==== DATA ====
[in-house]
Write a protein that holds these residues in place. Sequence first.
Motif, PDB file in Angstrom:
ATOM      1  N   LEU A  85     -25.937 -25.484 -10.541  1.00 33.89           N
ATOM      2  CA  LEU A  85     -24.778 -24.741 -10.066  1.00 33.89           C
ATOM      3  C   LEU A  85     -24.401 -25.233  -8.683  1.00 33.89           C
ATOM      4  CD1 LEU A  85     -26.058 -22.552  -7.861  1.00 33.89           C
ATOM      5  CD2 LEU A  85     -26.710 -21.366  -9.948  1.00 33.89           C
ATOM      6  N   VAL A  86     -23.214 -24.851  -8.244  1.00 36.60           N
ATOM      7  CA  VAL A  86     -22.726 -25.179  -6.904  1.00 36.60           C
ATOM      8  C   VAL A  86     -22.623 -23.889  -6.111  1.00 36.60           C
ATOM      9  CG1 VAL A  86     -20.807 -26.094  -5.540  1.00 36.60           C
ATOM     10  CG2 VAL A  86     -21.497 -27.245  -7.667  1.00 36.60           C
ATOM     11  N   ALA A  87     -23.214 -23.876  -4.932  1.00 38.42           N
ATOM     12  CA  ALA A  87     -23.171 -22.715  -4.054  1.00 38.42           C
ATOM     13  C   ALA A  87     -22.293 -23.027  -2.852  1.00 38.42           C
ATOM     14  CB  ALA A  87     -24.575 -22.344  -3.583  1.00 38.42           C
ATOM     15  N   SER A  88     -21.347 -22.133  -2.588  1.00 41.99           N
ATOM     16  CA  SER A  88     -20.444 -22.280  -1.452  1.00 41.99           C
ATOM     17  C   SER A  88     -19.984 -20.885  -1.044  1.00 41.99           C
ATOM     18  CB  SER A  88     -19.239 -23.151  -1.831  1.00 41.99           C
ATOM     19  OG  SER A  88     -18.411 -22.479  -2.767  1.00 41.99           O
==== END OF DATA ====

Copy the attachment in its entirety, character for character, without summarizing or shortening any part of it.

[in-house]
Write a protein that holds these residues in place. Sequence first.
Motif, PDB file in Angstrom:
ATOM      1  N   LEU A  85     -25.937 -25.484 -10.541  1.00 33.89           N
ATOM      2  CA  LEU A  85     -24.778 -24.741 -10.066  1.00 33.89           C
ATOM      3  C   LEU A  85     -24.401 -25.233  -8.683  1.00 33.89           C
ATOM      4  CD1 LEU A  85     -26.058 -22.552  -7.861  1.00 33.89           C
ATOM      5  CD2 LEU A  85     -26.710 -21.366  -9.948  1.00 33.89           C
ATOM      6  N   VAL A  86     -23.214 -24.851  -8.244  1.00 36.60           N
ATOM      7  CA  VAL A  86     -22.726 -25.179  -6.904  1.00 36.60           C
ATOM      8  C   VAL A  86     -22.623 -23.889  -6.111  1.00 36.60           C
ATOM      9  CG1 VAL A  86     -20.807 -26.094  -5.540  1.00 36.60           C
ATOM     10  CG2 VAL A  86     -21.497 -27.245  -7.667  1.00 36.60           C
ATOM     11  N   ALA A  87     -23.214 -23.876  -4.932  1.00 38.42           N
ATOM     12  CA  ALA A  87     -23.171 -22.715  -4.054  1.00 38.42           C
ATOM     13  C   ALA A  87     -22.293 -23.027  -2.852  1.00 38.42           C
ATOM     14  CB  ALA A  87     -24.575 -22.344  -3.583  1.00 38.42           C
ATOM     15  N   SER A  88     -21.347 -22.133  -2.588  1.00 41.99           N
ATOM     16  CA  SER A  88     -20.444 -22.280  -1.452  1.00 41.99           C
ATOM     17  C   SER A  88     -19.984 -20.885  -1.044  1.00 41.99           C
ATOM     18  CB  SER A  88     -19.239 -23.151  -1.831  1.00 41.99           C
ATOM     19  OG  SER A  88     -18.411 -22.479  -2.767  1.00 41.99           O